PJ: Absolutely, but I also think it comes down to the fact that I came from a BA, and a BA is a very experimental period of your life. You’re trying to find yourself, and 75% of things you do is crap. I have to credit [Fashion Professor] Louise Wilson… she very much drove me into something. She said to me, “Why do you not design for yourself, why do you design for other people?”...I started to really think about that and I started to design for myself. And all of a sudden it became a package.

PM: Your women’s collections have very specific, female muses. Tell us how that began.

PJ: It actually came from my MA collection which was based on Marianne Faithful, and for me, [having] trained in menswear at St. Martins, it’s almost like a box. I just needed something else that I was doing that I could keep going back to. And that was what fascinated me the most, that I could build each collection on a woman. It was like a story.

PM: You have collaborated with a number of people already, but is there anyone else you would love to collaborate with?

PJ: Yes, there is; I would love to work with a Danish furniture company, [or] a company which do a lot of the renowned Danish furniture designs… because everything is done by hand, it’s a craft, and I very much respect that. I would love to do a theatre act as well – more costumes.

PM: How about your own team; was it hard to find them?

PJ: Nope. Well Gerard [Wilson], who is still with me and has been from the start, he owns part of the business. He very much knows everything. The rest of the team? No, I don’t think it was very difficult. I have a small team. We’re seven people in total, but I kind of like that. It feels like a small family. You can control things and I really like that; I think it’s healthy.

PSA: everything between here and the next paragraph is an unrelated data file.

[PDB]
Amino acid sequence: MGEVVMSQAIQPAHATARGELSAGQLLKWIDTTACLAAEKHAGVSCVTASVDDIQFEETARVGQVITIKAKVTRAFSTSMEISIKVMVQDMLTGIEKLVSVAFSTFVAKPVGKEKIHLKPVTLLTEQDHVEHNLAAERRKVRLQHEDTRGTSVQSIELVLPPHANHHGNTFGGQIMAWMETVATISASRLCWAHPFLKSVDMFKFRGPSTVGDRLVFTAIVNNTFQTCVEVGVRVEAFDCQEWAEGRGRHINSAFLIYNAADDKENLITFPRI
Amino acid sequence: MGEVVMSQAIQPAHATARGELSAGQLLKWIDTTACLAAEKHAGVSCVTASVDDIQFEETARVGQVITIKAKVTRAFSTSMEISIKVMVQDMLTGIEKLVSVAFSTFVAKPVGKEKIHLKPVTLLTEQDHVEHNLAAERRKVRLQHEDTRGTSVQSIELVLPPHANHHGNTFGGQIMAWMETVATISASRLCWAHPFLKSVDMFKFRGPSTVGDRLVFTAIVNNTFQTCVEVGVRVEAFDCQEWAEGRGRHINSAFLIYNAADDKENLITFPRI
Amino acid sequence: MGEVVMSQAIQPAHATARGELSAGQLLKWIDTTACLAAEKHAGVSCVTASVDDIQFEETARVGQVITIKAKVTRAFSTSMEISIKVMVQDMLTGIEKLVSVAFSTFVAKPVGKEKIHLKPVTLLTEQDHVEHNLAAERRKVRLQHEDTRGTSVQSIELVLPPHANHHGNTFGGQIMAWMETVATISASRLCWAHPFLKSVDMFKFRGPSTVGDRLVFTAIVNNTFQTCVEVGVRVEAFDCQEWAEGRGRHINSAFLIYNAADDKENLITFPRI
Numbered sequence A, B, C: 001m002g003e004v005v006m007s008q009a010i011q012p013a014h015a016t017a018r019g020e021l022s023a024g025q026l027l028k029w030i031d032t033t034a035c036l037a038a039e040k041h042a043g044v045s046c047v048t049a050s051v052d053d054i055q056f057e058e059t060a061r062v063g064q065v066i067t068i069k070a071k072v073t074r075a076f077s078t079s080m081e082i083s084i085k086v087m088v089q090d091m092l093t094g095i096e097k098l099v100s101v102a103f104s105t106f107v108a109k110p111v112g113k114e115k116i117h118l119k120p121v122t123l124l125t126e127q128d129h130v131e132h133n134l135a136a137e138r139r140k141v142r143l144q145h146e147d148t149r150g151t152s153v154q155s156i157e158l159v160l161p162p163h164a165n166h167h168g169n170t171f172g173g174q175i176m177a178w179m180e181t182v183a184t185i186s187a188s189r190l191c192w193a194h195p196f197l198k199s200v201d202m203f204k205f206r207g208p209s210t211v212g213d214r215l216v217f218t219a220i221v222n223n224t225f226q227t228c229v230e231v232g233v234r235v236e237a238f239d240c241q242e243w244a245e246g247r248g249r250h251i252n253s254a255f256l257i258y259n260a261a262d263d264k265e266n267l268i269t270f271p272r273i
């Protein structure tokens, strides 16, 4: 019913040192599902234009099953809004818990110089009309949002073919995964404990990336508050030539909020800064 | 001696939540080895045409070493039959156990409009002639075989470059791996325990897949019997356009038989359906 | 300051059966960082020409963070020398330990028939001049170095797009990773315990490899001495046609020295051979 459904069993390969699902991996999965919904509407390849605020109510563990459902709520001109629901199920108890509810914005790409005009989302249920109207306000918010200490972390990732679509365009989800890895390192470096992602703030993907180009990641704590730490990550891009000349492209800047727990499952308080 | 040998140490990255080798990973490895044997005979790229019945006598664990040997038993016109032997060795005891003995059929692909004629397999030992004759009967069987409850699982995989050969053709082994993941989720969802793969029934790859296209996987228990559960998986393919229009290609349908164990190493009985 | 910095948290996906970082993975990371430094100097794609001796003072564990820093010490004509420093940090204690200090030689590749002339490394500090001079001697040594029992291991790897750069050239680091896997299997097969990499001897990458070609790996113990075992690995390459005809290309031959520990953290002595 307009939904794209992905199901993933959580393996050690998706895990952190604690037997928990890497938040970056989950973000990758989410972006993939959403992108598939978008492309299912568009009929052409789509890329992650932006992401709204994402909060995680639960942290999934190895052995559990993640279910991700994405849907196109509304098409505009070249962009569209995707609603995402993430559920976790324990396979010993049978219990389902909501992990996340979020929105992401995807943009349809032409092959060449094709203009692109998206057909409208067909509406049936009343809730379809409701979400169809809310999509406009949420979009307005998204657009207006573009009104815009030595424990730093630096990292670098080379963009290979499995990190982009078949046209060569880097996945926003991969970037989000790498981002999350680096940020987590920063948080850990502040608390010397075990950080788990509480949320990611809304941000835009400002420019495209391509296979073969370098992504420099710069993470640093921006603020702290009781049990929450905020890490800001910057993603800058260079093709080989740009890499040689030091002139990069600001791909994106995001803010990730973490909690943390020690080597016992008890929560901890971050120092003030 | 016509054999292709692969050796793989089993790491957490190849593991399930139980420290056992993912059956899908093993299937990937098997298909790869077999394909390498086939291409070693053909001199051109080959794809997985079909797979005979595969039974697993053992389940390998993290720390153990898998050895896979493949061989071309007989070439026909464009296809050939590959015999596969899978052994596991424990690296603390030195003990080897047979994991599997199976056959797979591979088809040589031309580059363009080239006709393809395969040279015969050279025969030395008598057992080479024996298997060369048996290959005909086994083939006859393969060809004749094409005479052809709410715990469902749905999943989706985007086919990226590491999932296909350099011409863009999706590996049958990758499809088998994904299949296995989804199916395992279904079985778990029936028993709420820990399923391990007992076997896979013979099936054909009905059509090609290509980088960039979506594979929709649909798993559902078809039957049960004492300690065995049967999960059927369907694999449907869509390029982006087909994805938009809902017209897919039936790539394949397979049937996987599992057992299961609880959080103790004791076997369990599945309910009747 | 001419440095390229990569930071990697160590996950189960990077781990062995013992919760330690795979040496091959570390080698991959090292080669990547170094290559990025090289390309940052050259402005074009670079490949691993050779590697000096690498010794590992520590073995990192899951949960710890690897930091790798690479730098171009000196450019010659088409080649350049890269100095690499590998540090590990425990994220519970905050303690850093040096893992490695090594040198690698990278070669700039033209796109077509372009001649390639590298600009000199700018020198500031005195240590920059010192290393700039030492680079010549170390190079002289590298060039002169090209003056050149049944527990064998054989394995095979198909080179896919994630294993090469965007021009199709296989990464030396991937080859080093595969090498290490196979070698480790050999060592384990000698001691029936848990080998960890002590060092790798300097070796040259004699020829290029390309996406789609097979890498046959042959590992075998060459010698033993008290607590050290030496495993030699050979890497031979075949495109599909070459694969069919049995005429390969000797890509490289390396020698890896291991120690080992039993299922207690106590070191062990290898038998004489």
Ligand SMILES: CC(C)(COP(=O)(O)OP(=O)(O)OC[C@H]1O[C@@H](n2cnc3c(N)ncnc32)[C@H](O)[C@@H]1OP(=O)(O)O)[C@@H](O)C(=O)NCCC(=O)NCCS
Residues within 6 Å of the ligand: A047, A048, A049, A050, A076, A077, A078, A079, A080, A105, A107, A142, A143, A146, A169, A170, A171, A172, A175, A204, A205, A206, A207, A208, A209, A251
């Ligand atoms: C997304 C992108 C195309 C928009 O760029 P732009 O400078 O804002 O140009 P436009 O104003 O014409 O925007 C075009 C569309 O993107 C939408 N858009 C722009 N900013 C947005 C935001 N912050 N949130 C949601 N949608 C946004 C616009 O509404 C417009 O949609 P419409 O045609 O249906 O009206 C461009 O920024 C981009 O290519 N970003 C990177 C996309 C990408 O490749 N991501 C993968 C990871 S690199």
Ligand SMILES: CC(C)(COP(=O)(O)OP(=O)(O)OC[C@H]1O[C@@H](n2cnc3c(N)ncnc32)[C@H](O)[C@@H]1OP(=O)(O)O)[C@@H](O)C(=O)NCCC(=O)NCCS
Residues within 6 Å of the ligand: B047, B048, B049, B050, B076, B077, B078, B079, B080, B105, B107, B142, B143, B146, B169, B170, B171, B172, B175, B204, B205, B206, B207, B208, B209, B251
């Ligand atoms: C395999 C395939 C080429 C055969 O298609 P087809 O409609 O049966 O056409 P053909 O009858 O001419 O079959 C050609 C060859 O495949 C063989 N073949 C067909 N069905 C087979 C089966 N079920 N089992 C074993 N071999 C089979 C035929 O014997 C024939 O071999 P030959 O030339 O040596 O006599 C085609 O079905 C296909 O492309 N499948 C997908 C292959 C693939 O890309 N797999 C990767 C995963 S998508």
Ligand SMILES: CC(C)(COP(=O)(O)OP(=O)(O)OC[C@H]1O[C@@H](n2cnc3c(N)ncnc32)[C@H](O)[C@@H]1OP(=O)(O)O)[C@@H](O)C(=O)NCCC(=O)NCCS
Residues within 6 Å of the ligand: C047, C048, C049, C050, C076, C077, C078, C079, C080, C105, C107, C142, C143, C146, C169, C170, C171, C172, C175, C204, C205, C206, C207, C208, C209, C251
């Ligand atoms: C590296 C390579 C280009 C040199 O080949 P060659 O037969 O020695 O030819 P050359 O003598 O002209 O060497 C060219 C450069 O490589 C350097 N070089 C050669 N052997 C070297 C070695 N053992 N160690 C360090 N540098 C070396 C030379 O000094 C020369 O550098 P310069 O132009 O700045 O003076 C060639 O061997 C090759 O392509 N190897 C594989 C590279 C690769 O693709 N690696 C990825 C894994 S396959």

PM: Was there a reason you stopped doing LFW?

PJ: I think I was just bored. It just became a routine – doing the same thing again and again. It became crazy... [the] money you spend on models, casting agents and God knows what else to make this ten minute thing happen. I felt like I lost contact with it because it became something you just did. It wasn’t something you could talk about your clothing on – it was very quick. I lost the excitement for it, [but] it’s coming back now. I did a fashion film, called Screen Test, where I am interviewing the boys. It had humour and everything. I think a lot of fashion films are really cringe worthy.

PM: There’s so much humour in your work. How did you find your humour, where does that come from and how do you incorporate it into your work?

PJ: Yes, which I really value. Humour is very precious to me. I think fashion has become very uniform; everyone does the same shapes and various people put decorations on that shape. It’s hard to say where it comes from, I think a lot of it is a tweak of proportion… in my head it looks exactly like normal, but I am sure it’s not. I think my humour definitely comes from my grandmother, who was incredibly funny, she just had the best sense of humour. I mean we spent a lot of time making crap phone calls to people especially to the woman across the street who was much older than her when she had her afternoon nap she would have to get out of bed and answer the phone. She was really funny, I really loved her. I grew up with her and it really comes from there.